Integrity has been a hot topic this election campaign. And for good reason.

With scientists saying we need to slash pollution this decade for a safe future, it’s time to ensure our elected leaders are acting in the best interests of people and the planet – not the vested interests of big polluters.

So what is an integrity commission?

An integrity commission is an independent watchdog that has the power to investigate allegations of corruption and uncover deep networks of undue influence in politics.

Currently, integrity commissions exist to monitor state governments, and include bodies like the Independent Commission Against Corruption (ICAC) in New South Wales, and the Office for Public Integrity in South Australia.

Why do we need a national integrity commission – or federal ICAC – in Australia?

In a healthy democracy, we should feel confident that our elected leaders represent the best interests of our communities – and that if they use their positions for personal gain, they will be investigated and held to account.

Yet in Australia, there is no federal agency with sufficient powers to investigate cases of alleged corruption (even though the government promised to deliver one at the last election).

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Photo: Josh Stagi/Shutterstock.com

How can a national integrity commission protect our environment?

Government decisions that impact nature should be determined by what is best for people and nature, not the profits of big polluters and destructive industries.

They should be fair, evidence-based, and in the public interest.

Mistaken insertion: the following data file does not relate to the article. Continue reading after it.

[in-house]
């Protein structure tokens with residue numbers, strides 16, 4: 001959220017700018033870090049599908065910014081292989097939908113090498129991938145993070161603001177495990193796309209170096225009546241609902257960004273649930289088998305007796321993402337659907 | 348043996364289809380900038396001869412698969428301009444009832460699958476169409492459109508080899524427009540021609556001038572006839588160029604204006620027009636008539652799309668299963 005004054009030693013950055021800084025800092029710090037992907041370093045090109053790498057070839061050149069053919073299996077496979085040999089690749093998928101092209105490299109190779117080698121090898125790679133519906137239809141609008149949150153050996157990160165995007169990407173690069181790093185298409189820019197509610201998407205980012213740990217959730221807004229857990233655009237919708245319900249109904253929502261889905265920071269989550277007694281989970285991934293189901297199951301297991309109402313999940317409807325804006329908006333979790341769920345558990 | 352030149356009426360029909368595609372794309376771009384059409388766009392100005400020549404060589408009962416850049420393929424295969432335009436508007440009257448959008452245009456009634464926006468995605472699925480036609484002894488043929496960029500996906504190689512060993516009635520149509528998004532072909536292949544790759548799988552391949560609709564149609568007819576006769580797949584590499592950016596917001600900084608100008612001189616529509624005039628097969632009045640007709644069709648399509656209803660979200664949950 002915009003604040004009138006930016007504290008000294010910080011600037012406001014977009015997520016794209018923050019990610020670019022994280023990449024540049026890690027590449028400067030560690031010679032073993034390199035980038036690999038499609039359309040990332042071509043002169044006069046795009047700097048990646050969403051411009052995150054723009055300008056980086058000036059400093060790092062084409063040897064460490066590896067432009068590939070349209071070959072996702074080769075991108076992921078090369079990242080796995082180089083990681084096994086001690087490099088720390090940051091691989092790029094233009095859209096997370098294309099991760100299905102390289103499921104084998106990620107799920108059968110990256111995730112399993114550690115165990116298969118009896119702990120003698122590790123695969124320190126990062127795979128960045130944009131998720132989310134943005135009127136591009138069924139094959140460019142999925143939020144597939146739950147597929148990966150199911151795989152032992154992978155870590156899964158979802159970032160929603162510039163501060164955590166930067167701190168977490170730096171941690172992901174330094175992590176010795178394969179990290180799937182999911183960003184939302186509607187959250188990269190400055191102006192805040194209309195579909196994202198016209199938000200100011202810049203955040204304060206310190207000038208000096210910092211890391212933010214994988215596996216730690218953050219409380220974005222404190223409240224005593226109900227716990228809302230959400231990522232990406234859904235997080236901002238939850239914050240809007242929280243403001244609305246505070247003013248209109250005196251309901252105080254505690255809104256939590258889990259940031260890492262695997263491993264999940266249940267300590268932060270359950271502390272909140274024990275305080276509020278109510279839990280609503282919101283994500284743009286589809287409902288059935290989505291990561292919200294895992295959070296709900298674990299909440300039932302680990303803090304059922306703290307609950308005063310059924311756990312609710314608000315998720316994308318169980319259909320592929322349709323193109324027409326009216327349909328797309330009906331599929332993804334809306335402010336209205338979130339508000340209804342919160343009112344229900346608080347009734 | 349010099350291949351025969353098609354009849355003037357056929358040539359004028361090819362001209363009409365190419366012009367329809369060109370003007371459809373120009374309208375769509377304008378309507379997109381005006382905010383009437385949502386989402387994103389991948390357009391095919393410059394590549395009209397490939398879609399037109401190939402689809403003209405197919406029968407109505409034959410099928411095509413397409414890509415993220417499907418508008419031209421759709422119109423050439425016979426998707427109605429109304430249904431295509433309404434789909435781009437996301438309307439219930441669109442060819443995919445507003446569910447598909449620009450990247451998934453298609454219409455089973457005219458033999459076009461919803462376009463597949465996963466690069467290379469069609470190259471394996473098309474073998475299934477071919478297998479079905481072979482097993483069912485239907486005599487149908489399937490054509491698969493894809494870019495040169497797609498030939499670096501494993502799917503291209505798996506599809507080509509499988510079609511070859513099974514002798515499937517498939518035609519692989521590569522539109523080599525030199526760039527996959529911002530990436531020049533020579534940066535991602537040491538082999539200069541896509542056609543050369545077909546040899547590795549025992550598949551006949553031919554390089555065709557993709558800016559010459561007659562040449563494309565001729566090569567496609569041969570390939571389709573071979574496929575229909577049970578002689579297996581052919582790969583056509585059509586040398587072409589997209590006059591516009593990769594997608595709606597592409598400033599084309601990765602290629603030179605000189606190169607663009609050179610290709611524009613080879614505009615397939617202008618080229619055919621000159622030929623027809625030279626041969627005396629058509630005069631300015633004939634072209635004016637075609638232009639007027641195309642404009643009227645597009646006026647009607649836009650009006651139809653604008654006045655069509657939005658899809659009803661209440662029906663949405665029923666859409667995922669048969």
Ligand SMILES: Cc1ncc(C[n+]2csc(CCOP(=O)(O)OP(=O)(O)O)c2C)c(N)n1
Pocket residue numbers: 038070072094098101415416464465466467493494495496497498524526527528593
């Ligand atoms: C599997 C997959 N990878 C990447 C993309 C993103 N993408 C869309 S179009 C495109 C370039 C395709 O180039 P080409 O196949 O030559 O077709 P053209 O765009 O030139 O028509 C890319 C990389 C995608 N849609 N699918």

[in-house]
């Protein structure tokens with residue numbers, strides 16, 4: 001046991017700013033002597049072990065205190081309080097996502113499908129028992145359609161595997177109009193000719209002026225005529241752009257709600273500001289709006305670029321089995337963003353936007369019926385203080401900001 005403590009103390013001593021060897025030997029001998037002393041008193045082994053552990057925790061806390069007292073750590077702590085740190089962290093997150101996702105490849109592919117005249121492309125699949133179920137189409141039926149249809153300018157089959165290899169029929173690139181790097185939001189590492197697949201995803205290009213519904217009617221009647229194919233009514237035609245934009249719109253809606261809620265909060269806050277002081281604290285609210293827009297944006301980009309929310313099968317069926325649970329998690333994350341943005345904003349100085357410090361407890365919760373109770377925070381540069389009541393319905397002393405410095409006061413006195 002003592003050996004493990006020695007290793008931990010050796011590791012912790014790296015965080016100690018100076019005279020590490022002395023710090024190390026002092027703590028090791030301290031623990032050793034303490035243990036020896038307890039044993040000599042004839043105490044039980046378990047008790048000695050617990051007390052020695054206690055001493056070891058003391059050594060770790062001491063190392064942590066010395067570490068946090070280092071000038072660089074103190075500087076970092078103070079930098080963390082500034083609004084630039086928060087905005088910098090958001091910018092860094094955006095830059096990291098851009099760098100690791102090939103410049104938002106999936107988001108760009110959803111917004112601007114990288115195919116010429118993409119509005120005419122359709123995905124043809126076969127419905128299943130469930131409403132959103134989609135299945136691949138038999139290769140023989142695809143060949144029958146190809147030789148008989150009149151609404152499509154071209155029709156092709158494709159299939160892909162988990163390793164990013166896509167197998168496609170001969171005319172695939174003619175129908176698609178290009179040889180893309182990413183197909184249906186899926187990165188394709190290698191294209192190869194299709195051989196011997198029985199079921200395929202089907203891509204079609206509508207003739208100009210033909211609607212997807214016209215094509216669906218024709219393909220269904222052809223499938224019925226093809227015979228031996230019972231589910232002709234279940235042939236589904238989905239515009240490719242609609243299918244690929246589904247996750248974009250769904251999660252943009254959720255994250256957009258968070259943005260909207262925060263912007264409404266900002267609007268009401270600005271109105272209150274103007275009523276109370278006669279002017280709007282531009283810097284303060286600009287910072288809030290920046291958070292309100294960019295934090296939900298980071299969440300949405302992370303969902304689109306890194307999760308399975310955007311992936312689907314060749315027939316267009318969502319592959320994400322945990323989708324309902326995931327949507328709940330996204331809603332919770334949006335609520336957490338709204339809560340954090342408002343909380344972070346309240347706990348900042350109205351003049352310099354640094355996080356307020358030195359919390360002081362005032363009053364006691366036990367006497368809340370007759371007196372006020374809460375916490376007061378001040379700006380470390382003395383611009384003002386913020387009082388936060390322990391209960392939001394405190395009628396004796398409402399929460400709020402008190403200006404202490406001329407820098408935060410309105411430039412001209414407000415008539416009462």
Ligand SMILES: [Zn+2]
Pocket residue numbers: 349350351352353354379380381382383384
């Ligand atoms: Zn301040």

This also goes for decisions around public money – our tax dollars – and how they are spent to prop up polluting industries.

An anti-corruption commission with teeth will have the power to investigate possible cases of corruption during the decision-making process.

Where do the parties stand on a national integrity commission?

There’s no commitment from the Morrison Government to legislate an integrity body if re-elected – and experts have labelled their model, known as the Commonwealth Integrity Commission, or CIC, as worse than nothing and the weakest in the country.

If elected, Labor has promised it will introduce an integrity body within the first six months.

The Greens have long supported the idea, along with many independent MPs such as Helen Haines, who introduced a bill to Parliament in October 2020.

Plus, more than 80% of Australians support a strong anti-corruption body, so surely this reform is a no brainer?

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Photo: Ryan Chenoweth

Take action

We need the next Parliament to deliver a properly funded, independent integrity commission.

For people, and our planet.

Sign the open letter calling on our elected representatives to work together to get big money out of our political system, and put people and the planet back in.

Header image: Dan Breckwoldt/Shutterstock

Jolene Elberth

ACF Democracy Campaigner